With its pop culture and social media references, It Sounded Better in My Head plunges into the world of the modern teenager on the cusp of adulthood.
That Kenwood won the 2018 Text Prize for her novel is not surprising; it’s a sweet, funny and relatable account of the dramas of those grappling with late adolescence.
Most of the charm lies with its protagonist; Natalie is an endearing character. Her smartness, introversion and body-image anxieties are recognisable to anyone who’s ever suffered the mortifications of not being the cute, cool or popular kid at school.
Kenwood says she picked bits and pieces from her own slightly tortured history to go into the book, ‘‘All the bad skin stuff is drawn from my life. Bits and pieces are in there but it’s certainly not autobiographical,’’ she says. ‘‘I wanted to draw on that feeling of vulnerability; the first time you have to be vulnerable with your body, your emotions, your relationships.’’
At 18, Natalie is officially an adult but of course she doesn’t feel like one. Kenwood was particularly interested in exploring this ‘‘nowhere’’ land of emotional and physical discovery. She’d always wanted to do a YA book.
‘‘I grew up on a steady diet of The Babysitters Club and The Saddle Club as a tween, and then turned into a voracious reader of Australian YA as a teen. I came of age in the ’90s, when Australian YA was booming and it shaped who I am as a reader and a writer.
‘‘I read — and reread, and reread — Looking for Alibrandi by Melina Marchetta, Obernewtyn by Isobelle Carmody, Queen Cat, Carmel and St Jude by Maureen McCarthy, Touching Earth Lightly by Margo Lanagan and Back on Track by Margaret Clark. I felt seen and understood and challenged by these books and others like them, and that’s when the idea of being a writer really took hold in my mind.’’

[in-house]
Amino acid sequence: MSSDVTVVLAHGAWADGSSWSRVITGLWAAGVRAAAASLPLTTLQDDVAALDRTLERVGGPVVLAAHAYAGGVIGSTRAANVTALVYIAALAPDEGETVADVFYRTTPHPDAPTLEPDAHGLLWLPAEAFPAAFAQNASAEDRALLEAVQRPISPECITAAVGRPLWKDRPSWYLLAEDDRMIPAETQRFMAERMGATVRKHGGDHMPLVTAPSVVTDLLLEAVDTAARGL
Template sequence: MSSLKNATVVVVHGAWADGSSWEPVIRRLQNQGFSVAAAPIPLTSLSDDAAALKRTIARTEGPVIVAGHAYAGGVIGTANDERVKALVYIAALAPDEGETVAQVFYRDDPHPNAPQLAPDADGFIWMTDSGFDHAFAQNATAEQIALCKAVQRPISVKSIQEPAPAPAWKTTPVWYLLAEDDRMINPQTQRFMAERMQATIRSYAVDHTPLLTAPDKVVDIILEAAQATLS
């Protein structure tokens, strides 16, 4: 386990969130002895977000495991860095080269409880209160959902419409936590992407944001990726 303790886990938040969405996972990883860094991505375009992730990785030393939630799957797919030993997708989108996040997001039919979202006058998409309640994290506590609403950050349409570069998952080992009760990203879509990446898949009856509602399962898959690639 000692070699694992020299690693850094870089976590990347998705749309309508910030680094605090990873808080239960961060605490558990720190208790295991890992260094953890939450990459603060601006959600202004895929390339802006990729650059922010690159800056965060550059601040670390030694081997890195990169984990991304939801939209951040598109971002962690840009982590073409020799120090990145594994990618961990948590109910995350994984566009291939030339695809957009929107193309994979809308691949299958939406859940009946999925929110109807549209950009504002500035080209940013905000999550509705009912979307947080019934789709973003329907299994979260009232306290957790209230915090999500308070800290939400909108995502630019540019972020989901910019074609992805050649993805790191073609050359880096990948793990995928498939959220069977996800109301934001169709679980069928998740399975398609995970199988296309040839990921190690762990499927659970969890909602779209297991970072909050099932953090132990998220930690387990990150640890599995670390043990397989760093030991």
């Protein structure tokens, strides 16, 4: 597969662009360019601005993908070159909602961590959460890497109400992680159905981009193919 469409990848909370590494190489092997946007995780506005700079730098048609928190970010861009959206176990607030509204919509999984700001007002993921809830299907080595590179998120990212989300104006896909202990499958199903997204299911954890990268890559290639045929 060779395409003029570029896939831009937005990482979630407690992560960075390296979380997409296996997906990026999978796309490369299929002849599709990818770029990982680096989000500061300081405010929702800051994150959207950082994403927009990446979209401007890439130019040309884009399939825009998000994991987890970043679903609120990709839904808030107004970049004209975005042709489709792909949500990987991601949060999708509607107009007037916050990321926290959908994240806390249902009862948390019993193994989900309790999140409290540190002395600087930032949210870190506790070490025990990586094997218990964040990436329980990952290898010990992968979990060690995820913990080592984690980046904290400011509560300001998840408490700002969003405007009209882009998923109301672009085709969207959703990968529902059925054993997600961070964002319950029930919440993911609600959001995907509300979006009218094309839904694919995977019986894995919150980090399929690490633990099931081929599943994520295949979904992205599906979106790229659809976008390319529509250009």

Before taking maternity leave, Kenwood was the marketing manager at the Melbourne bookshop chain, Readings. Being on the other side of the publicity divide feels markedly odd: ‘‘I’ve been good at championing other people’s work but when it comes to my own … I’m not very good,’’ although she admits knowing the industry does help, even if there are gaps in her knowledge, ‘‘the overseas rights sales … I have no idea and the editorial processes; I’ve never even been edited before’’.
She may struggle with the technicalities of publishing but what Kenwood masters with aplomb is the dialogue of her characters. She does not, she assures me, eavesdrop in cafes any more than your average writer but credits her introversion: ‘‘I’ve always been a watcher and a listener naturally, and obviously I’m a massive reader but I’m also a big TV watcher …’’
YA books can have a reputation for indulging in darkness and doom but as Kenwood points out, there’s no death and no villains in her book. ‘‘It was joyful to write; Natalie is dramatic and insecure yes, but her voice is joyful … it’s really a coming-of-age rom-com.’’
It Sounded Better in My Head is published by Text at $19.99.